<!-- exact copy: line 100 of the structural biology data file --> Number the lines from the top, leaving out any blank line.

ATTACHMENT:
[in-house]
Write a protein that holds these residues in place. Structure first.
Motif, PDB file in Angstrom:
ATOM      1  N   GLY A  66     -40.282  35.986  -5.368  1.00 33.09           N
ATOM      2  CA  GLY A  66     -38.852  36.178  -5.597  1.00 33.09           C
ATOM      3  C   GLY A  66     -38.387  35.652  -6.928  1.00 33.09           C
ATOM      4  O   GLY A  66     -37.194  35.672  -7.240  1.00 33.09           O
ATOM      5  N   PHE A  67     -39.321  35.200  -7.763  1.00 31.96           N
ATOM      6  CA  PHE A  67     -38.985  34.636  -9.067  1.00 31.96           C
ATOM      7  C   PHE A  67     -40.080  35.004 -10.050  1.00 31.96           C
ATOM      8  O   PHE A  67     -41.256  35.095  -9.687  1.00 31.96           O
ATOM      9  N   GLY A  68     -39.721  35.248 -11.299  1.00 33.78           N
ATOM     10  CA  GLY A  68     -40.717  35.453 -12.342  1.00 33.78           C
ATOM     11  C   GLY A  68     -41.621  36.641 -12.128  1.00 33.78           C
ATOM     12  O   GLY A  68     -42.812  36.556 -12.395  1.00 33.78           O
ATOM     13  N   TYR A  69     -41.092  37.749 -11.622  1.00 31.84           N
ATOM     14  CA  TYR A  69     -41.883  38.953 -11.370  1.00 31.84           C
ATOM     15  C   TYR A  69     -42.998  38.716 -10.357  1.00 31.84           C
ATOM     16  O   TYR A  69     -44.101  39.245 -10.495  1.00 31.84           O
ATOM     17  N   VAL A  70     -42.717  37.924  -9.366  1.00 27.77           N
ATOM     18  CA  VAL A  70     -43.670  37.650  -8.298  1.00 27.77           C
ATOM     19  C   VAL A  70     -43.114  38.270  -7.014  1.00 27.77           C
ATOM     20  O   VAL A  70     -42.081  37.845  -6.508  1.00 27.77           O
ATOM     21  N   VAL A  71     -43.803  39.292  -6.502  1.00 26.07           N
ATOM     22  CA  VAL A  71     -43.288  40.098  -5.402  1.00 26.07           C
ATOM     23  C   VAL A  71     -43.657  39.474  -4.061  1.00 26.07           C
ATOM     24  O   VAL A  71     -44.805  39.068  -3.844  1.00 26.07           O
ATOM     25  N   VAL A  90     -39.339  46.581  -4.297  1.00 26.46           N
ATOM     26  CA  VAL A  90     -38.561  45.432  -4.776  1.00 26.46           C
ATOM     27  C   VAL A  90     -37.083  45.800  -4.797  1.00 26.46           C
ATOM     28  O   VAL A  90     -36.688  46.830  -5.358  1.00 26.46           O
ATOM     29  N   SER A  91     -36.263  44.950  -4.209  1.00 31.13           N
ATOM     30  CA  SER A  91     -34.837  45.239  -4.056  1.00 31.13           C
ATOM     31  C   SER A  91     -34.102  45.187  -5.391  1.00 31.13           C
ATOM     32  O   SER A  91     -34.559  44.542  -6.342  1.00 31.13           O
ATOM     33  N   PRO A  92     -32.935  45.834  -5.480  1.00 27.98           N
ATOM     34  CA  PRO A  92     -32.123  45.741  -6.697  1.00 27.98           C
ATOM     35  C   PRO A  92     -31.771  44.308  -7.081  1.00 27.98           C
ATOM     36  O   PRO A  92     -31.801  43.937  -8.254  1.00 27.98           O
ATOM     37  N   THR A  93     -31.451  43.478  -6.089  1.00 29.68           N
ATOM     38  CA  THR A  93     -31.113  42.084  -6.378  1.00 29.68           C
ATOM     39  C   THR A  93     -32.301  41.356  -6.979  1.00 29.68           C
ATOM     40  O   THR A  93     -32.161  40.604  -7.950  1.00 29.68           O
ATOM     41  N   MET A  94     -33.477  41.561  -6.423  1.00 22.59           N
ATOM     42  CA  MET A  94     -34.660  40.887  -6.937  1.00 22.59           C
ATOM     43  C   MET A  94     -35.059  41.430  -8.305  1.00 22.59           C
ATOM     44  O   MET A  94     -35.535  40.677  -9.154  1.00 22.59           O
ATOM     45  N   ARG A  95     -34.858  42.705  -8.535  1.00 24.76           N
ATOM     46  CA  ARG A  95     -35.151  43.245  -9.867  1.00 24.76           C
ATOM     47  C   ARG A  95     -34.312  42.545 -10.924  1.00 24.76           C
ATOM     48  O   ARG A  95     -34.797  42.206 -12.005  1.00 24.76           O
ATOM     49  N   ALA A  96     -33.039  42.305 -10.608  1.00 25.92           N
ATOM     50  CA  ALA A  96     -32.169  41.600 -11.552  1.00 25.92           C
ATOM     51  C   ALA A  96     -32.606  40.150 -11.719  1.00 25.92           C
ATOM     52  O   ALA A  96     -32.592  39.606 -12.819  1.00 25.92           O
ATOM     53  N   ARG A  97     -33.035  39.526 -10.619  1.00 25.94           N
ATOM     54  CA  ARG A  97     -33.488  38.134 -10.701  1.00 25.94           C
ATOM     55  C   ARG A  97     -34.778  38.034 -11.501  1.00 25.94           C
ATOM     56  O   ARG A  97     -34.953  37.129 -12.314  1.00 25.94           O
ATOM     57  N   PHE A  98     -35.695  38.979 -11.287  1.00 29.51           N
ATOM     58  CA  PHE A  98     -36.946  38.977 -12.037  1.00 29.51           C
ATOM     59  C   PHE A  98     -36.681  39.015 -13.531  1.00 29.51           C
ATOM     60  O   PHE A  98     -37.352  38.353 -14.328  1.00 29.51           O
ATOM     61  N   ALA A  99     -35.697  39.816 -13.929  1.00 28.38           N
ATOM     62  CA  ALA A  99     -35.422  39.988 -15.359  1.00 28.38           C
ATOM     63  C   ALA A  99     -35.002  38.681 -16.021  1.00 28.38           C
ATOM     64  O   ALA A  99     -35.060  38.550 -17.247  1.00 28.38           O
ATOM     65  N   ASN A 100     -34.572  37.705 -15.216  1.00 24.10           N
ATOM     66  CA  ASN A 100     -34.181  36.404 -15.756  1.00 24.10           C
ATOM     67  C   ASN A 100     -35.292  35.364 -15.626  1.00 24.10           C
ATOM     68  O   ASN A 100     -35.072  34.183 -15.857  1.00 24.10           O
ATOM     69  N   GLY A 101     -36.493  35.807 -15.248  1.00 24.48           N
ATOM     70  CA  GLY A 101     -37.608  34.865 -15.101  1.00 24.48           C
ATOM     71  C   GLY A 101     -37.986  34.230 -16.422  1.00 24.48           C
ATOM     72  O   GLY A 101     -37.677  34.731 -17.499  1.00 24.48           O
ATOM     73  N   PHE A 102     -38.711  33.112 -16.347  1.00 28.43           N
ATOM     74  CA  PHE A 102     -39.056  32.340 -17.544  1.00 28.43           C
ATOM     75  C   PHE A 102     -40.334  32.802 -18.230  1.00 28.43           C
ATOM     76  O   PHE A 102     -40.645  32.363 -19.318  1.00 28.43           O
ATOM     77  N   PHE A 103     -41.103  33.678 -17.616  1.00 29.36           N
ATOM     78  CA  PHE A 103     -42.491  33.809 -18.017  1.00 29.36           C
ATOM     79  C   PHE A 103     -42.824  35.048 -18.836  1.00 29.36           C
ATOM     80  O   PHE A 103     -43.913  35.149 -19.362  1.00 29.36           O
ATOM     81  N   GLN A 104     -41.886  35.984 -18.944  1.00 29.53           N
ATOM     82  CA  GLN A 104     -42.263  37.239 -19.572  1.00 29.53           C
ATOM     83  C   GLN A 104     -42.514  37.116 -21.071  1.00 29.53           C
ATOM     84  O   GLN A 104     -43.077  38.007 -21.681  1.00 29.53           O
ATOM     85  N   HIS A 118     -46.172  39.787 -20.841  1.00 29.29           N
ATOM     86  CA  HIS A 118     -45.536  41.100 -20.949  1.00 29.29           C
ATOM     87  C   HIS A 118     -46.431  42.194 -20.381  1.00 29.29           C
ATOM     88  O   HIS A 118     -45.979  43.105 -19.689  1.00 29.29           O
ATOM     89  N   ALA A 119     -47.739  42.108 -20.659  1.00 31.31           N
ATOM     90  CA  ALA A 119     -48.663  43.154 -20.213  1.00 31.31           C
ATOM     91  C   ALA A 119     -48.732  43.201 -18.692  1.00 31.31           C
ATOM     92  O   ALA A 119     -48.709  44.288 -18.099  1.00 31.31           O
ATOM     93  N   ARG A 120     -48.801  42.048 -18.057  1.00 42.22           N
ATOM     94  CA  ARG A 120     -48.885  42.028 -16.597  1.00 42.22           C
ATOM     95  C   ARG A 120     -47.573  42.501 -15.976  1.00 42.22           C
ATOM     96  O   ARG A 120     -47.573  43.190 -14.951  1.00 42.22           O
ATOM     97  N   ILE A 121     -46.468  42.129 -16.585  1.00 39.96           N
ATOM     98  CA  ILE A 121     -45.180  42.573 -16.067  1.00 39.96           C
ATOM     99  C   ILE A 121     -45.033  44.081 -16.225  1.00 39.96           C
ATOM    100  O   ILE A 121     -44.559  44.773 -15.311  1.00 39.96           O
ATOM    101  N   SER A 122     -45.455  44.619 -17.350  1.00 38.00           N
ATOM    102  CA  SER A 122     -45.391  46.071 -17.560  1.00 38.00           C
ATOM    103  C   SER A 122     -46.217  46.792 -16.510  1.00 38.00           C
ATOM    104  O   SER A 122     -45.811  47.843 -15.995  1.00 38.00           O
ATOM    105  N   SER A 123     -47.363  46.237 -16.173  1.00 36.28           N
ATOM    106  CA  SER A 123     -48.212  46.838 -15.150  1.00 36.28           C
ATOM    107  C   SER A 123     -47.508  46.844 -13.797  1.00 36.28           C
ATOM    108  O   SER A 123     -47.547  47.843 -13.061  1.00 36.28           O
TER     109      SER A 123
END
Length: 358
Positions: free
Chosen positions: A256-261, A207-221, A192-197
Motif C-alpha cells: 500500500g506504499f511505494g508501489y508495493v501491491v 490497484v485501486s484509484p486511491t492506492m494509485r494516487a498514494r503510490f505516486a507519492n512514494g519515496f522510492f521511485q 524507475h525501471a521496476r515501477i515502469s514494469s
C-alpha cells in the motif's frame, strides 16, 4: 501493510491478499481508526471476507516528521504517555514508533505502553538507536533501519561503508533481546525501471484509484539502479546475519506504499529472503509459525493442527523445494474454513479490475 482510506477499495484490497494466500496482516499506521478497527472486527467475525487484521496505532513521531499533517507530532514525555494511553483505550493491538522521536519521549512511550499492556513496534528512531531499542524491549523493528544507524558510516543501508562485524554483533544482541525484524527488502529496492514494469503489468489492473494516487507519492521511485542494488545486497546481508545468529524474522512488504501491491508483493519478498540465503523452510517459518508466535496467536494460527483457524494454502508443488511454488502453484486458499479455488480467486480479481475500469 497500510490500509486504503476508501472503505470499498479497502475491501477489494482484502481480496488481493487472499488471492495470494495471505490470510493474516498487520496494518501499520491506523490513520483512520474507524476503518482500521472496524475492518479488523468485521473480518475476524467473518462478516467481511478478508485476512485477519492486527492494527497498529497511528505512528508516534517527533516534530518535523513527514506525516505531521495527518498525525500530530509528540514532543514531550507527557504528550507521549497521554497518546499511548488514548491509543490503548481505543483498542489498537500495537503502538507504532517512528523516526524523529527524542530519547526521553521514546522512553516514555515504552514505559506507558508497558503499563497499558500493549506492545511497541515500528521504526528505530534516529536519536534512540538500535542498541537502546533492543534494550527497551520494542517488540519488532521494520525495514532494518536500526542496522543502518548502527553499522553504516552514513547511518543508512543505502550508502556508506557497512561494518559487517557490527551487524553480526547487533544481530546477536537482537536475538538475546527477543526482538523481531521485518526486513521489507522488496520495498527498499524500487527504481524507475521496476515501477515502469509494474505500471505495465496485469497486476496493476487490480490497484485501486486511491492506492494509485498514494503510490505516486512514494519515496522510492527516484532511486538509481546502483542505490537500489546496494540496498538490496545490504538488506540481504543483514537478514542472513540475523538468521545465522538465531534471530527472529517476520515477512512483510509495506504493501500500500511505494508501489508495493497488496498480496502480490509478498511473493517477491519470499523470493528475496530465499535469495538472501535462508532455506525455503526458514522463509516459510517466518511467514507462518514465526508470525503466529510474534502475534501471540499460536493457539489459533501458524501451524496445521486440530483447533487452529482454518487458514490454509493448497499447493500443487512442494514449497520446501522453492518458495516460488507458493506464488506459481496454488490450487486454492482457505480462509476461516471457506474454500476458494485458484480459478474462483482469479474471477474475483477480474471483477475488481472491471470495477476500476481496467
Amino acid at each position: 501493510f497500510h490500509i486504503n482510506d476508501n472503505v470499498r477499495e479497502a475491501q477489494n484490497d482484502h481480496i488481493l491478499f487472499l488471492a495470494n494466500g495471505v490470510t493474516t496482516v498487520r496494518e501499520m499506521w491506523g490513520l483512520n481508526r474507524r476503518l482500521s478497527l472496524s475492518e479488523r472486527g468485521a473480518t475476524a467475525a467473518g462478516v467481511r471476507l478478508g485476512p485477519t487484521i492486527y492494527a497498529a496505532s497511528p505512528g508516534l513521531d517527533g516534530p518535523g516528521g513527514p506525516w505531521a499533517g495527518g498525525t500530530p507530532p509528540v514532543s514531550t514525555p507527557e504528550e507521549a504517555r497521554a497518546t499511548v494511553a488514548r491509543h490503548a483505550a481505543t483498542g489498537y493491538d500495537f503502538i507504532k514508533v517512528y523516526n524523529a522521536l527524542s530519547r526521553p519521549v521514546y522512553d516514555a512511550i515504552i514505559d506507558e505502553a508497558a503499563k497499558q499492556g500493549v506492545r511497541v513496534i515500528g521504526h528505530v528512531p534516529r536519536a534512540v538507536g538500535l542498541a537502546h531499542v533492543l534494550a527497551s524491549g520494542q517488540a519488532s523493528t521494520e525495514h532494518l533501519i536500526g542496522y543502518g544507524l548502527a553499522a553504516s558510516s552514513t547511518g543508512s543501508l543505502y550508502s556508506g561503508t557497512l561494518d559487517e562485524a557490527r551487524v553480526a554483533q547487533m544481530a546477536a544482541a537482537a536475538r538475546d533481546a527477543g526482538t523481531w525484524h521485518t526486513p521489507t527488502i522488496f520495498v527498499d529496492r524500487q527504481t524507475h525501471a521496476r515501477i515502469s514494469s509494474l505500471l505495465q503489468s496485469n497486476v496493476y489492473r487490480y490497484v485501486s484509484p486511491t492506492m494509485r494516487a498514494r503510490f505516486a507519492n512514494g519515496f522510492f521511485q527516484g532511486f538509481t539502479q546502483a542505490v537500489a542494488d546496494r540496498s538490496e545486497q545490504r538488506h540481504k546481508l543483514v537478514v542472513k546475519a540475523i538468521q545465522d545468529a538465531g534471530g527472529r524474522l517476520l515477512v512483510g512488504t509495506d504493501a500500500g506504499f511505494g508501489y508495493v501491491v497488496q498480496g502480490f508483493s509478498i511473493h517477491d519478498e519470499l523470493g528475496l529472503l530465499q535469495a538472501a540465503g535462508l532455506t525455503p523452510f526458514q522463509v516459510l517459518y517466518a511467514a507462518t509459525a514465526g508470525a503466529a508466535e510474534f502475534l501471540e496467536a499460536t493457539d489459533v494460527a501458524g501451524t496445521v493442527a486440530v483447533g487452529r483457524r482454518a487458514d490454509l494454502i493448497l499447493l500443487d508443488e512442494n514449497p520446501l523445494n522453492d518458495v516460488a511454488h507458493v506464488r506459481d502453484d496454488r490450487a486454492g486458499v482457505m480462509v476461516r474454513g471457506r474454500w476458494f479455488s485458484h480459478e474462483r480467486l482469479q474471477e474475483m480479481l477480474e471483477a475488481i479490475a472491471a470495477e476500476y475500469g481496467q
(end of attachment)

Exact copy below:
ATOM     97  N   ILE A 121     -46.468  42.129 -16.585  1.00 39.96           N